MONTECITO, Calif. -- Fire-scarred communities still digging out from under a mudslide are getting ready for another storm that promises to dump heavy rain overnight, forcing mandatory evacuations in Santa Barbara County, CBS Los Angeles reports. Flash flood watches were in effect Thursday in the foothills of Los Angeles and in Santa Barbara County, where a devastated the wealthy seaside enclave of Montecito last month.
Santa Barbara County issued mandatory evacuation orders Thursday for burn areas in the Goleta, Santa Barbara, Montecito, Summerland and Carpinteria areas. They apply to the Thomas, Sherpa and Whittier fire burn areas. The evacuation order takes effect at noon local time. Residents must be out by 6 p.m.
"The decision to evacuate these areas is being made out of an abundance of caution," Santa Barbara County Sheriff Bill Brown said in a statement. "Due to the size and breadth of the evacuation area, not all residents will be contacted in person. Do not wait for deputies or someone else to come to your home or business. Everyone should begin the evacuation process now."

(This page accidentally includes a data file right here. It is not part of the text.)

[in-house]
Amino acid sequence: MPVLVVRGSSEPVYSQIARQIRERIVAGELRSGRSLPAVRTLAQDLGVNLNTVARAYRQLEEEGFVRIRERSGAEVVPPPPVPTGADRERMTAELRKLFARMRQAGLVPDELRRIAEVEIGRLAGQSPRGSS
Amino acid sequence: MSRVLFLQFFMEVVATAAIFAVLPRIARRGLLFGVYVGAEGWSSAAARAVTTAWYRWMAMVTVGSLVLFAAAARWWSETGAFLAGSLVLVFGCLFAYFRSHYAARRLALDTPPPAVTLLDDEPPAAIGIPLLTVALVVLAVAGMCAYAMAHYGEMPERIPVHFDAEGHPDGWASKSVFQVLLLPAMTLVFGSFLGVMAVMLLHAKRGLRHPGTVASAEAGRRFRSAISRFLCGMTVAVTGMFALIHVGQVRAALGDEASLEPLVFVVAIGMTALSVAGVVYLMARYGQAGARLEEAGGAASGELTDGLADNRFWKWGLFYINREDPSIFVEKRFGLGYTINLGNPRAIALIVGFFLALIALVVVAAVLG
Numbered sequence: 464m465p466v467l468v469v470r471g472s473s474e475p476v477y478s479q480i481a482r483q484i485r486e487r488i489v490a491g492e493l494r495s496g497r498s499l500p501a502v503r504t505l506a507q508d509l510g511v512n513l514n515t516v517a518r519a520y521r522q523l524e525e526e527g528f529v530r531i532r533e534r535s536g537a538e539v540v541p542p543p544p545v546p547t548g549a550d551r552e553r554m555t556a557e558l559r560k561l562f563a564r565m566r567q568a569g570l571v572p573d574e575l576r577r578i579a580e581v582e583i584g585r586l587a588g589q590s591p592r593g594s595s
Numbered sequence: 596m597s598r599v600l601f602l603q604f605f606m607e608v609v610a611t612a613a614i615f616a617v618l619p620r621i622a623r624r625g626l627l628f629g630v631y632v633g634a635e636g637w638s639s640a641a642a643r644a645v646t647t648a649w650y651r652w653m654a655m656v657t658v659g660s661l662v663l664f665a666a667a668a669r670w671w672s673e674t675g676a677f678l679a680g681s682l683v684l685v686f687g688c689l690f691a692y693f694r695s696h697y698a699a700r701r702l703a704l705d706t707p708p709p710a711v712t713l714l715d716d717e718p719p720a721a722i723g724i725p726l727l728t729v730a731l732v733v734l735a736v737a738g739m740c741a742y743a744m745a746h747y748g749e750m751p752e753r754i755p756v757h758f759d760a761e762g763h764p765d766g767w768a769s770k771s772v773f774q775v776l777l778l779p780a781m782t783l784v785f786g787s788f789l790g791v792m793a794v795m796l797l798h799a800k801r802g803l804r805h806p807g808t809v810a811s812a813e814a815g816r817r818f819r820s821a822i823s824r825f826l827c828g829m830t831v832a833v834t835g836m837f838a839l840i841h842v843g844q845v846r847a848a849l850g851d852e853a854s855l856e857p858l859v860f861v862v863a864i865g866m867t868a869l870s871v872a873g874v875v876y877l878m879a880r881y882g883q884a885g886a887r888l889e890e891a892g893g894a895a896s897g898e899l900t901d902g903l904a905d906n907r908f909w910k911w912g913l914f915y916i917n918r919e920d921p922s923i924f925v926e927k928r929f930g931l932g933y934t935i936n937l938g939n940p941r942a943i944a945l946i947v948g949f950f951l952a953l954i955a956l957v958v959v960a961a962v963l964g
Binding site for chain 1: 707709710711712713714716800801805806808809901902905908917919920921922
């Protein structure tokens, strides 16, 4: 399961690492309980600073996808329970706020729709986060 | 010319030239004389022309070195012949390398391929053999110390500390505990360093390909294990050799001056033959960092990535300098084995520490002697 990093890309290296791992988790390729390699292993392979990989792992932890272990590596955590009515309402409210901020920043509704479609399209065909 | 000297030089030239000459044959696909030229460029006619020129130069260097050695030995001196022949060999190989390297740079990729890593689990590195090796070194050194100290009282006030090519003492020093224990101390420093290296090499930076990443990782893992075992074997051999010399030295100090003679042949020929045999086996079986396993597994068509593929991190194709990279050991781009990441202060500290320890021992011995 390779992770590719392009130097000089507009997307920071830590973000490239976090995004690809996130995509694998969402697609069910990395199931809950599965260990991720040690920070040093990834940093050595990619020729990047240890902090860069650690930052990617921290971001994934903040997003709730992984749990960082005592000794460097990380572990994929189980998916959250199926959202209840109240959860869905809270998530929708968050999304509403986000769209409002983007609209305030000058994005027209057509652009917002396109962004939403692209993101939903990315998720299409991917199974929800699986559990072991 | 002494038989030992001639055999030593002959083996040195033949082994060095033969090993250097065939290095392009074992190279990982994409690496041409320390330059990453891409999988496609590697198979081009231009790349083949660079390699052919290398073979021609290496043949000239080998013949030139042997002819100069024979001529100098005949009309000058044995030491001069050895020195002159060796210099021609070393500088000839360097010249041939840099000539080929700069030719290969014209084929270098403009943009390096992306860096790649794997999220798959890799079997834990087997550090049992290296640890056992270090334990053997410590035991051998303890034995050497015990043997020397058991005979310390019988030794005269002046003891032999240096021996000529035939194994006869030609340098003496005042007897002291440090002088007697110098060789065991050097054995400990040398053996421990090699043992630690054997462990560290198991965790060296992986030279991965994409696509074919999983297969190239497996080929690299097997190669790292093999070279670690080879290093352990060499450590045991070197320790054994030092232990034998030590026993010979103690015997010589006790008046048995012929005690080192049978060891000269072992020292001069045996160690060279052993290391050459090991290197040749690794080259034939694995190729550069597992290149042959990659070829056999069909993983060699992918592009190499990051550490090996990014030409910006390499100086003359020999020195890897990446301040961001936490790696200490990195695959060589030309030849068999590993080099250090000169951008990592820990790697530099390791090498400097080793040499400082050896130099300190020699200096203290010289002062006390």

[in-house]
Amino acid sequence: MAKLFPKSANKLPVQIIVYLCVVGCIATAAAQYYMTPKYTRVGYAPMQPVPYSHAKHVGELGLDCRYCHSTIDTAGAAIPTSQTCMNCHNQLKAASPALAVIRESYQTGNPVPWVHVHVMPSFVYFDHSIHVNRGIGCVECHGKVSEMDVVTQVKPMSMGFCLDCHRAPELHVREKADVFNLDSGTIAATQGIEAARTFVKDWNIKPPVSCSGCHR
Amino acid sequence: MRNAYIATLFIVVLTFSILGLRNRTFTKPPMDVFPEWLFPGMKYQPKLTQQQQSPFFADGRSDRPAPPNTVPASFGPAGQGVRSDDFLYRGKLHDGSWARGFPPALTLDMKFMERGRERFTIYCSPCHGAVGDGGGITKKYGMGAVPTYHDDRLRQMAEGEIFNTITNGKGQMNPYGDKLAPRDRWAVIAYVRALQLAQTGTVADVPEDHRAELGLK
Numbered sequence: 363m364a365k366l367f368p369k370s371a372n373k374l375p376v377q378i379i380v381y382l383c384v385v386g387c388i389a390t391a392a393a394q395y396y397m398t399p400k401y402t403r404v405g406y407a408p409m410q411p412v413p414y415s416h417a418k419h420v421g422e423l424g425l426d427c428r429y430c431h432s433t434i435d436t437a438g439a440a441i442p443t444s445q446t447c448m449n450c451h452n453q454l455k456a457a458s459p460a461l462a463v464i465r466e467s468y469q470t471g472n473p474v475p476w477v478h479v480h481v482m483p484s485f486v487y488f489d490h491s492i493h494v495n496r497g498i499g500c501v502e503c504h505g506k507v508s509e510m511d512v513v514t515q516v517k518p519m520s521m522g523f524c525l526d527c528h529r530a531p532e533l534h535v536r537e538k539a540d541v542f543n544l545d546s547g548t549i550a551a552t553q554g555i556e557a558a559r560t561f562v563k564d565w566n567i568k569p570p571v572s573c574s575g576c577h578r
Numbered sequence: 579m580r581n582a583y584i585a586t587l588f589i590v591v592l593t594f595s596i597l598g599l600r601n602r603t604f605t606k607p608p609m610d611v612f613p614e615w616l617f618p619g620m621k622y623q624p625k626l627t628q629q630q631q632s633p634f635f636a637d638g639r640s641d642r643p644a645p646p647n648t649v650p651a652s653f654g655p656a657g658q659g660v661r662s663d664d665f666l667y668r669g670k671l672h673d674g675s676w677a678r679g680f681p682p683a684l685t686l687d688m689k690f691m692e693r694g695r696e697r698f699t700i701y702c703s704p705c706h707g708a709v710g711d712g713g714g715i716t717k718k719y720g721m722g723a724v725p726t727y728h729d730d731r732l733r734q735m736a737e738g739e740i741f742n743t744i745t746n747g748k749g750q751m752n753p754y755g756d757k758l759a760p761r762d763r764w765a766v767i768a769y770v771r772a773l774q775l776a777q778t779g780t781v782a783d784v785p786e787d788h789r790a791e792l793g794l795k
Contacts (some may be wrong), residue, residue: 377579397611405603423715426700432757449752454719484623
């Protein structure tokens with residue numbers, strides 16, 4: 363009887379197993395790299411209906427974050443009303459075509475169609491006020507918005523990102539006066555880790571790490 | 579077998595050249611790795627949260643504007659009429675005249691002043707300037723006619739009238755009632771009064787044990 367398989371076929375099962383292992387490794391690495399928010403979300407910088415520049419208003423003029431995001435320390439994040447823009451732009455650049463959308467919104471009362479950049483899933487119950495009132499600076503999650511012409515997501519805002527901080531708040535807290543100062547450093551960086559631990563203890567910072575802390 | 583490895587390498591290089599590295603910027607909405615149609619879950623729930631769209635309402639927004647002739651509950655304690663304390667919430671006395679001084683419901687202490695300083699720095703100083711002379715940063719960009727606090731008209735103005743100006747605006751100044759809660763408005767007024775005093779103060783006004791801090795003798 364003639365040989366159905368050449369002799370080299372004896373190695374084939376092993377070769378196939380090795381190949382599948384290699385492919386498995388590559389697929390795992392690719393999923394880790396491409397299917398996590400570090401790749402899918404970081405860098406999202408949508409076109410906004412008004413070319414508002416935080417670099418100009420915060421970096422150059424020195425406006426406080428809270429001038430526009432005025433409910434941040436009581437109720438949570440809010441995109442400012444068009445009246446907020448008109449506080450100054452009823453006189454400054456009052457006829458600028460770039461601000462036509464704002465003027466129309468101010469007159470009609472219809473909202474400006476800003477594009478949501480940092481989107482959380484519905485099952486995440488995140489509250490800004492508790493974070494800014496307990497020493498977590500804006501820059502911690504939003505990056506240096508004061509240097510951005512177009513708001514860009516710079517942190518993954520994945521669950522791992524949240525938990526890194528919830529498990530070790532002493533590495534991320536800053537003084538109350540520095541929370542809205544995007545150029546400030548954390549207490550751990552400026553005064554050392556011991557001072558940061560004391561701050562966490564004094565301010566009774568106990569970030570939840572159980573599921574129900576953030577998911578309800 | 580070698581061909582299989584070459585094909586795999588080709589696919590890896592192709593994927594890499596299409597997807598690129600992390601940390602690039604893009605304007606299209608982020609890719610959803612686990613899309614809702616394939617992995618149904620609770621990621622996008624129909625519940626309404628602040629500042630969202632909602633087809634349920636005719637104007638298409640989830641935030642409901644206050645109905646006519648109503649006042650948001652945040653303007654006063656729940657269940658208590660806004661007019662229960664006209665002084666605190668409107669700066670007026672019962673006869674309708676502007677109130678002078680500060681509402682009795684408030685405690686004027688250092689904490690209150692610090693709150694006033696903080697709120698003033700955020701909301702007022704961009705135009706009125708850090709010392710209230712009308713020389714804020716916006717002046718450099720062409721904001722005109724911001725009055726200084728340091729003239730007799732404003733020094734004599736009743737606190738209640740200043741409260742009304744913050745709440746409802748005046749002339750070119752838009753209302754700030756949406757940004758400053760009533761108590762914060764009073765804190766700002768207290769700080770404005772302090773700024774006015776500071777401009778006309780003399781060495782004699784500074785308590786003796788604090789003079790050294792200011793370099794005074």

The National Weather Service said the heaviest rain is expected Thursday night through Friday morning, "when rainfall rates could reach a half-inch per hour, meeting the very low end of the USGS criteria for mud and debris flows over the Whittier, Thomas, Creek and La Tuna burn areas."
By comparison, half an inch of rain fell in five minutes during the storm that led to last month's mudslide, which brought down boulders and trees and leveled homes in Montecito. Residents in the area are under an evacuation warning, which could be upgraded to a mandatory order.
"Rainfall of this intensity can produce dangerous mud and debris flows near the Creek and La Tuna burn areas," the NWS said.
Burbank city officials distributed sandbags to residents hoping to protect their properties from flooding or mud from the La Tuna fire burn area. Several cars and homes were damaged in a mudslide in that area last month.
The Los Angeles Fire Department was offering ready-to-fill sandbags at all of its stations, and sand is available at select locations. More information is available on the Los Angeles Fire Department website.
The department also has its swiftwater rescue teams ready to go as flood channels, washes, arroyos and storm channels fill up, spokesman Brian Humphrey said.